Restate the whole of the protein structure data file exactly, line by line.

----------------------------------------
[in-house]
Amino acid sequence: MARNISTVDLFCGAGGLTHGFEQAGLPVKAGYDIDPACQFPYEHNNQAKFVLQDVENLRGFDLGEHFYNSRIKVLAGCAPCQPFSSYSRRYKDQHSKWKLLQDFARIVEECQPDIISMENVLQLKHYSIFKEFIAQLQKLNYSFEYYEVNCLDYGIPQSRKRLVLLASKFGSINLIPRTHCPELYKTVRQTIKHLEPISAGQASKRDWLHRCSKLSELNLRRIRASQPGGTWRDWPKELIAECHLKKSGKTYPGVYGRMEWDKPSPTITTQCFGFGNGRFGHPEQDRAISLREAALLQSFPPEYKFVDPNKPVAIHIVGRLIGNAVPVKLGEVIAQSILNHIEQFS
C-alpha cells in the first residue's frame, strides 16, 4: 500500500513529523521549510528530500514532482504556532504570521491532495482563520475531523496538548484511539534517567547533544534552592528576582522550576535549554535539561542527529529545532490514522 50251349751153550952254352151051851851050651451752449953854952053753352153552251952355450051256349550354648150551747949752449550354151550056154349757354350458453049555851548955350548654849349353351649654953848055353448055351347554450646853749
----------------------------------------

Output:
[in-house]
Amino acid sequence: MARNISTVDLFCGAGGLTHGFEQAGLPVKAGYDIDPACQFPYEHNNQAKFVLQDVENLRGFDLGEHFYNSRIKVLAGCAPCQPFSSYSRRYKDQHSKWKLLQDFARIVEECQPDIISMENVLQLKHYSIFKEFIAQLQKLNYSFEYYEVNCLDYGIPQSRKRLVLLASKFGSINLIPRTHCPELYKTVRQTIKHLEPISAGQASKRDWLHRCSKLSELNLRRIRASQPGGTWRDWPKELIAECHLKKSGKTYPGVYGRMEWDKPSPTITTQCFGFGNGRFGHPEQDRAISLREAALLQSFPPEYKFVDPNKPVAIHIVGRLIGNAVPVKLGEVIAQSILNHIEQFS
C-alpha cells in the first residue's frame, strides 16, 4: 500500500513529523521549510528530500514532482504556532504570521491532495482563520475531523496538548484511539534517567547533544534552592528576582522550576535549554535539561542527529529545532490514522 50251349751153550952254352151051851851050651451752449953854952053753352153552251952355450051256349550354648150551747949752449550354151550056154349757354350458453049555851548955350548654849349353351649654953848055353448055351347554450646853749